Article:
Spokane County Dropping Some Marijuana Cases - Spokane, North Idaho News & Weather KHQ.com

UPDATE: Spokane County Dropping Some Marijuana Cases

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SPOKANE, Wash. - Spokane County Prosecutor Steve Tucker is joining other prosecutors around the state in deciding not to prosecute any new marijuana possession cases in the wake of voters legalizing the recreational use of the drug. Initiative 502 goes into effect in just weeks, on Dec. 6.
 
Although Tucker told KHQ that he does not plan to take legal action for any new misdemeanor marijuana cases in Spokane county, he does still plan to move forward with any pending cases.
Surprisingly, that amounts to only one case and Tucker said that person already has a bench warrant out for arrest since he did not show up for court.
 
Tucker said his office only found one marijuana possession case that he could dismiss under the requirement of the new law where the defendant was over 21 and was caught with less than an ounce of marijuana. But Tucker said if he did have more misdemeanor possession cases, he likely would not have dismissed them.

"All of these people that had possessed marijuana prior to this law knew that they were doing something illegal," he said. "My basic strategy in this was to prosecute those people but when we looked back through these cases they'd all been closed or they hadn't been updated in the computer."
There are, in fact, more marijuana possession cases in Spokane but Tucker said they don't fit within the Initiative 502's new requirements, either because of the defendant's age or because there are had felonies tacked on top of the marijuana crimes. Tucker also said the overall number of marijuana cases in the county was low since local law enforcement focuses on violent crimes.

"That's one of the fallacies of the people that were promoting this new law that is was going to clear all these new cases and everything and that's just not true," he continued. "Our jail never had more than a few people in it who were in there solely on a possession of marijuana charge."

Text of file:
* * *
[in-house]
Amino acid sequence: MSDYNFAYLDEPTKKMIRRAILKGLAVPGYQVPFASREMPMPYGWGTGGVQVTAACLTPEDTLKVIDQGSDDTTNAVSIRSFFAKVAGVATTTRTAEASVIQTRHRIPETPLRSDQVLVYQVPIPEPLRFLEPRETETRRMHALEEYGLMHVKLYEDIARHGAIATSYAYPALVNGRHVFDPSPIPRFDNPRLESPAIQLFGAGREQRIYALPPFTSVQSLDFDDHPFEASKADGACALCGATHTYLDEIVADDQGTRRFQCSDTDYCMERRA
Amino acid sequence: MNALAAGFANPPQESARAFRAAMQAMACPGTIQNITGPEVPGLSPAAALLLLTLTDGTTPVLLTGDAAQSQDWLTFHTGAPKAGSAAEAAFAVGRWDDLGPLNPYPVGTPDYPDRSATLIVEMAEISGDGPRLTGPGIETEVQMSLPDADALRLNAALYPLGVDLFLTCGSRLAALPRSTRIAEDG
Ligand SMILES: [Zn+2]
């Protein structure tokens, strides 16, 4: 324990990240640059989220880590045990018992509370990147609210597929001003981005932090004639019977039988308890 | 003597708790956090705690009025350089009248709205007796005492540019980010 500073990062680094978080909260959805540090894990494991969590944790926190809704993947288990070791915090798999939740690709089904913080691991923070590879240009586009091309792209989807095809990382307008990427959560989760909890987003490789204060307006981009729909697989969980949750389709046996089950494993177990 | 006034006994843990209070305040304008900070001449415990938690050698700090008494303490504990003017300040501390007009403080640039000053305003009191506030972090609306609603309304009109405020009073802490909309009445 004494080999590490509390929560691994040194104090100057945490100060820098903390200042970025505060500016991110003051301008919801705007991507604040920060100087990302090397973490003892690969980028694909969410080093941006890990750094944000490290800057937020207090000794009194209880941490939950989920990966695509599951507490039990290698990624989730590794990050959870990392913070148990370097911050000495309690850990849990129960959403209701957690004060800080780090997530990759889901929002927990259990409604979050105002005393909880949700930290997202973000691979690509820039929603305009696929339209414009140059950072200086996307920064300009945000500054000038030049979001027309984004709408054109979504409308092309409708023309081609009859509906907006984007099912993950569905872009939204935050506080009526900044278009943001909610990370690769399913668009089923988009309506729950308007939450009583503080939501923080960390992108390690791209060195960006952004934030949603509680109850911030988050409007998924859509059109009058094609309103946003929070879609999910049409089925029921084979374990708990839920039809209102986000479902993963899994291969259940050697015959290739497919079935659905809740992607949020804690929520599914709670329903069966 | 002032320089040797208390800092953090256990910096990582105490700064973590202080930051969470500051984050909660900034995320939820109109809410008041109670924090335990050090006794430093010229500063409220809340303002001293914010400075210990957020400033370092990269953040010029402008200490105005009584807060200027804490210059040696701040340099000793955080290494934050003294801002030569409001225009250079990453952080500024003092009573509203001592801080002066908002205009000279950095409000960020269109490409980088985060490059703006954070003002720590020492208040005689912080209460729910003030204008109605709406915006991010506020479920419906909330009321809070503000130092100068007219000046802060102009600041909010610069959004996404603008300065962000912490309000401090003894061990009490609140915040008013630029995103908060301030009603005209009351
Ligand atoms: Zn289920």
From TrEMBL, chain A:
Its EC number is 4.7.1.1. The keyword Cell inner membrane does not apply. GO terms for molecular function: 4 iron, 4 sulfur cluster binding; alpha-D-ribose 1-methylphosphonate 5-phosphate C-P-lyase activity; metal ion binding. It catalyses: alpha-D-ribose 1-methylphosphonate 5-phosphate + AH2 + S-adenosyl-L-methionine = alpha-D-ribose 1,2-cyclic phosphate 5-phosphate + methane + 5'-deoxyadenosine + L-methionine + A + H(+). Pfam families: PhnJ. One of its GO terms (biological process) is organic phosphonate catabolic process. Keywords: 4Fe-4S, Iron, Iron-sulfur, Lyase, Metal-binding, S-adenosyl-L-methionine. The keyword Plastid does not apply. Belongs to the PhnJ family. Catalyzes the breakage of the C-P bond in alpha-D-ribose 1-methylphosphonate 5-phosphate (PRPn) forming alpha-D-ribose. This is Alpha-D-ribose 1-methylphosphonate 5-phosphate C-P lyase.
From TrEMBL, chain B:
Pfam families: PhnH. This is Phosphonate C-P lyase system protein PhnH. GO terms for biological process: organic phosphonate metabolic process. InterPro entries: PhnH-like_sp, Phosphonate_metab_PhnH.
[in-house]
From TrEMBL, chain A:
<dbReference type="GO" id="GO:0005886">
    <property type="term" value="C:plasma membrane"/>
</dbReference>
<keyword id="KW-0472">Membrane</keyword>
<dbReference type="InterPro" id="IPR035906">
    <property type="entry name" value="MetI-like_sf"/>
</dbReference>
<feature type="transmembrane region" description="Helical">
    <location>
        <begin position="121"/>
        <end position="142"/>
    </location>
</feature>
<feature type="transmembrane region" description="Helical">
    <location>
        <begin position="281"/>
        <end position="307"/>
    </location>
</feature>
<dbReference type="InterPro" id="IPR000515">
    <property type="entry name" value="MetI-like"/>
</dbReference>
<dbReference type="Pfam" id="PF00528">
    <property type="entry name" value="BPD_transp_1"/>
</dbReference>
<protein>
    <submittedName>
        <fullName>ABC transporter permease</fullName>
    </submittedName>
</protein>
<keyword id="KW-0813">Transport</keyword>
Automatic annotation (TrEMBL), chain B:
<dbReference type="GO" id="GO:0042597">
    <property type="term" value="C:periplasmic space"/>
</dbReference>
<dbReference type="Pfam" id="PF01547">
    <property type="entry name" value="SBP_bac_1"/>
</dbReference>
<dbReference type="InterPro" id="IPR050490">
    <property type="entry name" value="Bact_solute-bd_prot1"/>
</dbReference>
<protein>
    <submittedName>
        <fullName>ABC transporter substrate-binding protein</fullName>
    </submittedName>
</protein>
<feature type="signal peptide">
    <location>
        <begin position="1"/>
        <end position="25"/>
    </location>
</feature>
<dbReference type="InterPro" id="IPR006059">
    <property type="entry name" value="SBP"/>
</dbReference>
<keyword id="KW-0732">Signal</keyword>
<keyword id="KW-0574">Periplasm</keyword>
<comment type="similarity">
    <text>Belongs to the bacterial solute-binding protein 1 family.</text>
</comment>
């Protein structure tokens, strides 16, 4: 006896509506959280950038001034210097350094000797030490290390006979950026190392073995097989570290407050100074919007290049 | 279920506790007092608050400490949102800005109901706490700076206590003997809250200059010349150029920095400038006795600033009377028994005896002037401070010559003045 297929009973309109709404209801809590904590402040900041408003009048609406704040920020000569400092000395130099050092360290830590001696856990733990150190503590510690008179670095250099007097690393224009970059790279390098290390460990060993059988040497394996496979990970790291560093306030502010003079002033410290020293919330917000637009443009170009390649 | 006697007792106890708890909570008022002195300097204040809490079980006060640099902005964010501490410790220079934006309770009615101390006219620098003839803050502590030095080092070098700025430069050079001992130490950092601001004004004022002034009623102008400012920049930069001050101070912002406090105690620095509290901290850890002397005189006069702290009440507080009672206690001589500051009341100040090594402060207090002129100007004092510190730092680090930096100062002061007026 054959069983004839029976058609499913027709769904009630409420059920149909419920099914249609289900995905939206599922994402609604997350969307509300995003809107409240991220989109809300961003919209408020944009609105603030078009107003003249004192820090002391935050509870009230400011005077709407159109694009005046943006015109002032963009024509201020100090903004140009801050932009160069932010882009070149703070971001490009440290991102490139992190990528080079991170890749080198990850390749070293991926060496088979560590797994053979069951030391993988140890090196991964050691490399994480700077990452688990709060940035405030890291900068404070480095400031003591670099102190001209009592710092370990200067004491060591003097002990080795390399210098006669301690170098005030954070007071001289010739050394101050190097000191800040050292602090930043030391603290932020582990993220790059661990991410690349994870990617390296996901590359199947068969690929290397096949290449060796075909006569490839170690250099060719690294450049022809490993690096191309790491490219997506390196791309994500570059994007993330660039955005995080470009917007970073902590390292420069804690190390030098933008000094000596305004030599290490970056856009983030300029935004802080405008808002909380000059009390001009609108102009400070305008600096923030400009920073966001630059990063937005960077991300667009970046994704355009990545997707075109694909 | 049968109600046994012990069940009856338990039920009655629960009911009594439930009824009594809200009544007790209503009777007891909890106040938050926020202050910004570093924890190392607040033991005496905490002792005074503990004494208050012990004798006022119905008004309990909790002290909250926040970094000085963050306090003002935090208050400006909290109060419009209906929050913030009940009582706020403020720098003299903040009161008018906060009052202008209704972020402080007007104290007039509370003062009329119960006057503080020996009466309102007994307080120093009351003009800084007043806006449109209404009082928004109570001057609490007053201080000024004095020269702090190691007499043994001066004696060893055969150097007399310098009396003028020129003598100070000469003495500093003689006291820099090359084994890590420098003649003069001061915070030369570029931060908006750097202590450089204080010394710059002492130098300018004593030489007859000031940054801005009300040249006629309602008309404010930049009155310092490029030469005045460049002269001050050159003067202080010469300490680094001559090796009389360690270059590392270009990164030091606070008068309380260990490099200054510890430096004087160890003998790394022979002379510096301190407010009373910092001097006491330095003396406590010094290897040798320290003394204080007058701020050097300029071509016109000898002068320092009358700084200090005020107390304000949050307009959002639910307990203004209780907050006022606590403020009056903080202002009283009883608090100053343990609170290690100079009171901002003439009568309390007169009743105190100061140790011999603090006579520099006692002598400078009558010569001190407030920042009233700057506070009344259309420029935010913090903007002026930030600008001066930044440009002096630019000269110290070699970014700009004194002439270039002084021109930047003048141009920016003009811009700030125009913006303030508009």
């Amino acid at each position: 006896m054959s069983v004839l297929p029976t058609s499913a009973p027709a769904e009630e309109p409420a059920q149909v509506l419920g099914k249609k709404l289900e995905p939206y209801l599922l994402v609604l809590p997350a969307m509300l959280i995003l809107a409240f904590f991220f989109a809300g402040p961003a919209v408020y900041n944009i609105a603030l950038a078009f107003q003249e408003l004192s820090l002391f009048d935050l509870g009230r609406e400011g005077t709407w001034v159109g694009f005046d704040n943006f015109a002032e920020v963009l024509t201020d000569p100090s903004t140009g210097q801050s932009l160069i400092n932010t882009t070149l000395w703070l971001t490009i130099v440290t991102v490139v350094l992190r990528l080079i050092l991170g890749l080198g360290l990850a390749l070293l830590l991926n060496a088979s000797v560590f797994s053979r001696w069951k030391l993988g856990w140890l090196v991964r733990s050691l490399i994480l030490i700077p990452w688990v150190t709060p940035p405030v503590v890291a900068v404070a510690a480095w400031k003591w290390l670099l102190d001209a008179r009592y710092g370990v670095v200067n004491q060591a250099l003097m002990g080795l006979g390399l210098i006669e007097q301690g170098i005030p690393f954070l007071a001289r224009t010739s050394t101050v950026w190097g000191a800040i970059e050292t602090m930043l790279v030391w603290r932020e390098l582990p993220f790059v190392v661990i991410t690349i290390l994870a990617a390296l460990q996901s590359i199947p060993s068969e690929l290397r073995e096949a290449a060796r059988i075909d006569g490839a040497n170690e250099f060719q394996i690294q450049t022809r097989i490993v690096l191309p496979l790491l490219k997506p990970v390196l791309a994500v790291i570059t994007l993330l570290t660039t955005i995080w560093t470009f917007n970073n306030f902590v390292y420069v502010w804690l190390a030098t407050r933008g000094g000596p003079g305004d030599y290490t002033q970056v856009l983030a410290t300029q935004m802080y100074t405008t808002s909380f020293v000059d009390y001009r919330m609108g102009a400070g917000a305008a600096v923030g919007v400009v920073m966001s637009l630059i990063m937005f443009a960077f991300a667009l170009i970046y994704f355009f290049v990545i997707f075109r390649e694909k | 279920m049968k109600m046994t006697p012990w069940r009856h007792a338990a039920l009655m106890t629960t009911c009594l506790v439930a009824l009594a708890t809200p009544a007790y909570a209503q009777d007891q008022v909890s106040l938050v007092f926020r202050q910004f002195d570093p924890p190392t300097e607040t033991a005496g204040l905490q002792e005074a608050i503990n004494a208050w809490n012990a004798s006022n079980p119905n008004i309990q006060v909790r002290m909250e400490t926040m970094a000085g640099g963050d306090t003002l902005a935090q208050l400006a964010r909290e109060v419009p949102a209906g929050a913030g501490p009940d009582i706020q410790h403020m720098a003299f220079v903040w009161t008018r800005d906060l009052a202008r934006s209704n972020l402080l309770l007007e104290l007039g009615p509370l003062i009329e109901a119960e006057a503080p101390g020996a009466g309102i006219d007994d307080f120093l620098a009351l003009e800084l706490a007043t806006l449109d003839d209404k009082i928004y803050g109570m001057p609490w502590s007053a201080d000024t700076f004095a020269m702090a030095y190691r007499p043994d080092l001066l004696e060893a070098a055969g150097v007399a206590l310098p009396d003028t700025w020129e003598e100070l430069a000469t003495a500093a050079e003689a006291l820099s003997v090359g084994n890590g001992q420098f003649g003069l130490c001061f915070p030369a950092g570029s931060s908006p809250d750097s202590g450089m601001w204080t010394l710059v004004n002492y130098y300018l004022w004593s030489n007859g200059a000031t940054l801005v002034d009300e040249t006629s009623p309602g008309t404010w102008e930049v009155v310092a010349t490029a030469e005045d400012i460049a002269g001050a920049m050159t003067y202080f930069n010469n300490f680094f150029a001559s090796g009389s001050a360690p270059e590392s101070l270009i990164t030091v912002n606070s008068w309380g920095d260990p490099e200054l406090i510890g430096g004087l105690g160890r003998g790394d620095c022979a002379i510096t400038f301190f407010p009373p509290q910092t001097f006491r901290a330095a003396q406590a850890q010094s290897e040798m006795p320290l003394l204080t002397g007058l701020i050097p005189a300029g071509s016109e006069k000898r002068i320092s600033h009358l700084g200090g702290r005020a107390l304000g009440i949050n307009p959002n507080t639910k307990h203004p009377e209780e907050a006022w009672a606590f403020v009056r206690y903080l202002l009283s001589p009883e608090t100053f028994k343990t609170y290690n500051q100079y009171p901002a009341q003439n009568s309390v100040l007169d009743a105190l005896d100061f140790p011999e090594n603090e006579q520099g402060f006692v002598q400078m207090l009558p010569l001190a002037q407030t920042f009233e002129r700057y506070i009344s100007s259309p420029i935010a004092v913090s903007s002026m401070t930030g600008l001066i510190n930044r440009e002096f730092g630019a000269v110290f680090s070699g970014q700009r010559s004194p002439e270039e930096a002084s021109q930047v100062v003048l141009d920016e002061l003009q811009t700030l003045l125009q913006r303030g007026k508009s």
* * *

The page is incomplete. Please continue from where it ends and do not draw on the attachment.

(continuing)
There are still a lot of questions about how this new law will be implemented. Tucker told KHQ he's waiting to decide until he goes to a prosecutors conference next month. That conference, between Dec. 5 and Dec. 7, takes place during the same time the marijuana initiative takes effect. At that time, officials said, Tucker also plans to speak with federal officials since passing of Initiative-502 puts our state and federal substance abuse laws at odds.
 
  
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Lincoln County Prosecutor Jeff Barkdull told KHQ his office is going to immediately drop all minor marijuana cases that fit the requirement of the law including those defendants who are over the age of 21 and were caught with less than an ounce of marijuana. That amounts to about 10 cases. Barkdull said it didn't make a lot of sense to prosecute those cases when they would be legal in a few weeks.
 
Whitman County Prosecutor Denis Tracy also said his office would immediately dismiss similar marijuana cases. Tracy said he'd offer an expedited resolution to the case if the defendant paid $50 and had one month of good behavior. Tracy estimates that will amount to about 20 cases.

Ferry County Prosecutor Michael Sandona said his office is currently handling around 20 open cases of possession of marijuana and says he does not plan to drop any of them. He said he was fine with the current system that's in place to handle them.

Stevens County Prosecutor Tim Rasmussen said he would also will dismiss "simple possession cases" on a case by case basis and as they come up within their normal time frame. He estimated his office handled around 20 open cases. Rasmussen also said he would dismiss any cases where defendants had any associated criminal conduct in addition to the marijuana.

Also today, Clark County prosecutors announced it would drop similar cases, which came on the heels of King and Pierce county prosecutors last week.

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